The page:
Thursday, October 9, 2008

Fractured Wing - 7th October 2008, Update

About 7 weeks ago I was surprised to find one of my adult male shamas on the floor of his aviary one morning. He was unable to fly. His right wing hung down. I was at a loss to know what had happened. If a cat, rat or something else had frightened him during the night and he had panicked and hurt himself, it could be expected that there would be feathers all over the place but there was not a single feather on the floor. Also, there was no reason for him to panic, as he would if he was frightened in the dark, as I leave a small light on for my aviary birds.

I caught him and examined his wing. It was fractured. This is what he looked like:

I turned to my first source of consultation, Jeffrey Low. Jeff said that he had never had a bird the size of a shama with a broken wing but if the break was a clean fracture, the wing should be able to heal completely if it was properly bound in place. I agreed to try.

Jeffrey bought surgical tape and with one of us holding the bird, the wing was carefully put in place and then bound tightly to his body. While we were doing this, we marveled at how brave he was. For one thing, his heart was not pounding as would usually be the case with a terrified bird.

After we had bound the wing, we placed him in a small cage to restrict his movement while his wing was healing. The perch and food were placed low so that he could reach them easily. To assist in the healing, I supplemented his food with calcium for bone growth. I also gave additional vitamin E.

The medical books advise that the bandage should be kept in place for 3 to 5 weeks. They caution that immobilizing the wing for too long could result in a atrophy of the wing muscles and the loss of the bird's ability to fly. Nevertheless Jeffrey and I decided to leave the bandage in place for 6 weeks.

Last Sunday was the end of this period and we caught the bird and removed the bandage with a scissors. Whilst we tried to be as gentle as we could, it was inevitable that some of his body and wing feathers would stick to the tape and were removed with it. Eventually, we removed all the tape. Jeff timed the entire process at about half-an-hour. Again, Jeff and I marveled at how brave he was.

Jeff felt the wing and said that the fracture appeared to have healed well. We then returned the bird to his cage. He shook his feathers and appeared none the worst for wear. He did not even seem to have been in stress. He could lift his injured wing for awhile before it drooped. Jeff said that the bird's ability to lift its wing was a good sign as it showed that his wing had healed properly. He also said that and the inability to lift the wing for long was due to the weak wing muscles but with time, it should be fine.

At the time that the bird had the accident, he was part way through his moult. He had completed his body moult but his growing tails were only about 4". I expected the trauma to adversely affect his tail growth and it did. The length of his tails had previously been 13" and it is now fully grown at about 10". This doesn't bother me as his tails should grow to their full length in the next moult.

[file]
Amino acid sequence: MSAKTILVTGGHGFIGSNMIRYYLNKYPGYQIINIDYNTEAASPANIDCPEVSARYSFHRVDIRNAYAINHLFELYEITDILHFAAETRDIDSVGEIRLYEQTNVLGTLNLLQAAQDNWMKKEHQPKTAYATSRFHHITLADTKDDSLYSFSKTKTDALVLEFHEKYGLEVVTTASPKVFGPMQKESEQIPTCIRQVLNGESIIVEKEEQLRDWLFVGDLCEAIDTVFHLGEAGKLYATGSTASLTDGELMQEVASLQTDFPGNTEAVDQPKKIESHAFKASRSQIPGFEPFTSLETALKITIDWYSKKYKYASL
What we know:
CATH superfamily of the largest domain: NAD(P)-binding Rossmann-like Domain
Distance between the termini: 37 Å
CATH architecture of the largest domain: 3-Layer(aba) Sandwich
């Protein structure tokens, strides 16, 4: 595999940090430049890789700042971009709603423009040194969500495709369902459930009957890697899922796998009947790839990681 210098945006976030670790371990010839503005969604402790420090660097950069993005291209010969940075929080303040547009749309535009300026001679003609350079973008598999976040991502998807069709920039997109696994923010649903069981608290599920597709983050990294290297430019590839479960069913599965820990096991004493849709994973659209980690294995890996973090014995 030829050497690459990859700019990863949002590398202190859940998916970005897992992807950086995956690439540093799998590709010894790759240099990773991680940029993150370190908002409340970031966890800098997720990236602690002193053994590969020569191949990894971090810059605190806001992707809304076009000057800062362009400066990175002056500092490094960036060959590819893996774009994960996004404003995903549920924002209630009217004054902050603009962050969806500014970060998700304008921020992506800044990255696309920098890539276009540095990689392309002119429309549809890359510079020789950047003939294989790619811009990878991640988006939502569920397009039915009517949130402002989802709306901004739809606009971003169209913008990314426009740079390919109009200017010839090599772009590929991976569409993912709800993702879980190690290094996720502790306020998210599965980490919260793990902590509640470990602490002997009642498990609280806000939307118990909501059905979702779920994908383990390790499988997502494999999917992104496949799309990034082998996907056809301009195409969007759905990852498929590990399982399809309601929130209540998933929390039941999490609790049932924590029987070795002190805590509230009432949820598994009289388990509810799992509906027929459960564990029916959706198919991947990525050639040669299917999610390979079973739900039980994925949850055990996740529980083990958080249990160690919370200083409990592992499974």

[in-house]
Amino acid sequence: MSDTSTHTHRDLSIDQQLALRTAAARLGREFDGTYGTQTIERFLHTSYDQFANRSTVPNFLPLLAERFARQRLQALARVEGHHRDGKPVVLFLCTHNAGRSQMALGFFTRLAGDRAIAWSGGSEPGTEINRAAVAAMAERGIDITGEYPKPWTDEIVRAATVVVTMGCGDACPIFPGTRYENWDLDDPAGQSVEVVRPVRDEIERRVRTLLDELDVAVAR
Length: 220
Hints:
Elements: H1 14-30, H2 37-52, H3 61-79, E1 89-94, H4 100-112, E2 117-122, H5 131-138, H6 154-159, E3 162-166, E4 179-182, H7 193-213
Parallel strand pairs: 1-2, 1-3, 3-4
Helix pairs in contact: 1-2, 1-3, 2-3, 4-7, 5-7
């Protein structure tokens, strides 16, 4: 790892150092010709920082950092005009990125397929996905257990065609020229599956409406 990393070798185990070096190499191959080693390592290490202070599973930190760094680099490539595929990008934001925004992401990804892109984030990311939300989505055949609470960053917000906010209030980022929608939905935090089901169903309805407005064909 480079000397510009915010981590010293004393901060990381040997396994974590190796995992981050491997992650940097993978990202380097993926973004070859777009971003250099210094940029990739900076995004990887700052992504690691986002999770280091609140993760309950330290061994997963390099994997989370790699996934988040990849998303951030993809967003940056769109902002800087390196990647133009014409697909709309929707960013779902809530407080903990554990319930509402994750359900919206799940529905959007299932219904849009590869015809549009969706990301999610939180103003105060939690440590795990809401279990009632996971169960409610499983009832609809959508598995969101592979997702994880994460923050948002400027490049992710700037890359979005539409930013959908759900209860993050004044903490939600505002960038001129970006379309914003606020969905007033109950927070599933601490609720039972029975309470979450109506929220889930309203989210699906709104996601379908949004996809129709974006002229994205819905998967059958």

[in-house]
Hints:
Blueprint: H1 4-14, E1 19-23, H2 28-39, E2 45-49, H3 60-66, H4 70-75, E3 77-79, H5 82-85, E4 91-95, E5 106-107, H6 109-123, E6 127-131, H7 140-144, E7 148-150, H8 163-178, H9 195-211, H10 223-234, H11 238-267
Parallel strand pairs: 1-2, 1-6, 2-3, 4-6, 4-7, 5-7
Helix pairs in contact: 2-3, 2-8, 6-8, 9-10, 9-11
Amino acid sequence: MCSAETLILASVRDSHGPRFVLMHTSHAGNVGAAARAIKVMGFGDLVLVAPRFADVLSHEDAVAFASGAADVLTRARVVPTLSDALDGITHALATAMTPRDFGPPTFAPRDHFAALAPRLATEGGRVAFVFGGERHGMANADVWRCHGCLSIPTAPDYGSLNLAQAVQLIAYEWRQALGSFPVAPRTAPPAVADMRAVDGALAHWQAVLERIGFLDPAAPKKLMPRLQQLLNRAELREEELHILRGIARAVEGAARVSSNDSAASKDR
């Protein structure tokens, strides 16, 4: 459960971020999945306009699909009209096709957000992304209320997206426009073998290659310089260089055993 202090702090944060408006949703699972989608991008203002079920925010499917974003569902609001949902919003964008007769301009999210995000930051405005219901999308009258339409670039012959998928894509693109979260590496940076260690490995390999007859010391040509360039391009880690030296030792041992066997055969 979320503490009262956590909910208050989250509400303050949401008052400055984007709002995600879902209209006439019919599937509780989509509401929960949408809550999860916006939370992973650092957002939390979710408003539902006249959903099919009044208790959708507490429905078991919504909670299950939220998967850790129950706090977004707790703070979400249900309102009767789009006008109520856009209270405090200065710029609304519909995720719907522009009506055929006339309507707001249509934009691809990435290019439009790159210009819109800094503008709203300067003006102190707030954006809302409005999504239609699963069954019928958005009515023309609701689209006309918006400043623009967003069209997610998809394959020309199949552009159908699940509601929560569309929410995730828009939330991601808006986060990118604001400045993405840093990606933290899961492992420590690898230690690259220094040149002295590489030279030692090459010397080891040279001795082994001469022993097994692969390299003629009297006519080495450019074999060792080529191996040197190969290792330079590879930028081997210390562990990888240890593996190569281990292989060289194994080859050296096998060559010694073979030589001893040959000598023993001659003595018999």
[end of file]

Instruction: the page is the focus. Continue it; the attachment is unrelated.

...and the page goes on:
Within days of the bandage being removed, he had started to sing. It is now slightly more than a week and his condition has improved. He is able to take baths which he enjoys. Also, he is more and more able to lift his wing in place. This is what he looks like today. The photo shows his healed wing. His appearance is a little untidy but this is because some of his feathers were accidentally removed with the surgical tape. He is really a brave bird and I am happy to have him.

Update - 9th October, 2008

Below are photos I took today of the shama with the fractured wing. Jeffrey Low and I only removed the tight adhesive bandage about 1 1/2 weeks ago. The bird must have suffered severe trauma especially as the process took about 1/2 hour. Yet here he is, already displaying and singing aggressively.

It will be seen that parts of his body feathers are not there. The feathers stuck to the adhesive bandage that bound the fractured wing tight to his body and had to be removed together with the bandage. Although we tried to be as gentle as we could, there was no way the bandage could be removed without also peeling off the feathers.

The wing that fractured was his right wing. As the bird is facing you in the photos, the fractured wing is on your left. The wing looks perfect. The photos help to explain why.

After taking the photos, I released him in my study room and offered him a bathe. He flew normally and seemed to enjoy his flights. Even after taking his bathe and with wet feathers he was able to fly without much effort to a perch which is about 4 feet high. I will let him fully recover his flight muscles in his own time. I think the world of this bird and especially of his courage.